Marisol Chancos Mendoza recently became a legal resident of the United States. She made the move from her native town of Ayacucho, Peru to New York City only a few weeks ago, joining her husband and 14-year-old son, Adrian, both of whom she hadn’t seen in five years. She endured a long wait for her papers, and was even denied visitor visas during the process. However, for the first time this month she saw snow — and a hurricane — and she also attended her first parent-teacher conference for Adrian, who is now fluent in English and also learning to speak Chinese.
“My husband and I thought it was better for him to get accustomed early, but I remember it was so hard when I had to ask him if he wanted to come to the States and tell him he would have to come without me,” said Mendoza. “He was only 9 and he said, ‘Mom, don’t worry. The first thing we’ll do is get you there.”
It wasn’t an easy five years after her family left Peru, but Mendoza wasn’t lonely — nor was she idle. Working as a volunteer coordinator for an international service organization, she crossed paths with Martha Dudenhoeffer Kolodny, a local resident who had come to Peru with the desire to make a difference.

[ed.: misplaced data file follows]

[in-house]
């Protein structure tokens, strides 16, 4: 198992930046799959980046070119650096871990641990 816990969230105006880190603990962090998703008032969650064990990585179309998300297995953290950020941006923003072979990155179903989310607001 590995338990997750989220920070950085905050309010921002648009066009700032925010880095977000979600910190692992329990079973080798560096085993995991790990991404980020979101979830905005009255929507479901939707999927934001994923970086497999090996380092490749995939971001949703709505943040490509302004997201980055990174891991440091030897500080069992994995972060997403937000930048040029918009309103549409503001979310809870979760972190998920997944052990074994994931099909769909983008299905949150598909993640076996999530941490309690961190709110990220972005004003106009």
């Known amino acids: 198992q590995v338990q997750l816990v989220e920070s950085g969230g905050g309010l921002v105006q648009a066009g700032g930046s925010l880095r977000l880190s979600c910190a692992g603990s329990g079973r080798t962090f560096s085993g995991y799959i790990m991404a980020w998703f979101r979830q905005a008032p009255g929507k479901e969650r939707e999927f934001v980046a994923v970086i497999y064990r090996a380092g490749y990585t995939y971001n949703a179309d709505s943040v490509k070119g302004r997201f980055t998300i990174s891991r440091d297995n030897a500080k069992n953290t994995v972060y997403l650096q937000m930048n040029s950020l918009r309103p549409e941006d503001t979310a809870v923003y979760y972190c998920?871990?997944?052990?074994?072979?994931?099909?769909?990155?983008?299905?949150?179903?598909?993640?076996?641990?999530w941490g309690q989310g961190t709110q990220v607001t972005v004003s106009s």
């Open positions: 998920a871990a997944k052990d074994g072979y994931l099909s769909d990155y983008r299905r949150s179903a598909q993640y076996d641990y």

Kolodny, with Mendoza’s guidance, found her passion working with female prisoners in Ayacucho, and ended up returning several times to visit and bring materials for embroidery — a traditional talent Kolodny noticed the women had. Many serving time for drug trafficking they were forced into, the prisoners began creating intricate Peruvian textiles, which Kolodny sold in the United States to raise money for educational programs in the prison. Soon enough, the women’s efforts grew into the non-profit Maki International, which not only brought solace to Mendoza while she was separated from her family, but uplifted her hometown, which is still recovering from a 20-year guerilla conflict that began there in 1980 and resulted in the deaths and disappearances of some 80,000 people.
“Maki was my salvation during that time. It kept me busy,” said Mendoza, giving an appreciative glance to Kolodny during a Nov. 14 interview at Pannikin Del Mar.
Kolodny responded,”If you were busy, had you had your son there, Maki might not have ever happened.”
Mendoza spent a week in Del Mar — her first trip to California — to attend a Nov. 13 fundraiser for Maki at the Powerhouse Community Center, where she met Maki supporters and shared first-hand experiences about life in Ayacucho.
The prisoners who benefit from Maki’s framework of creating, exporting and selling their work each have stories to tell, either of how they were forced into being a drug mule or how Maki’s educational programs will keep them out of the drug trade upon their release. But many have also lived to tell the story of the decades-long genocide that was brought upon the Andean region by the Shining Path, a terrorist group that recruited thousands into its murderous insurgency.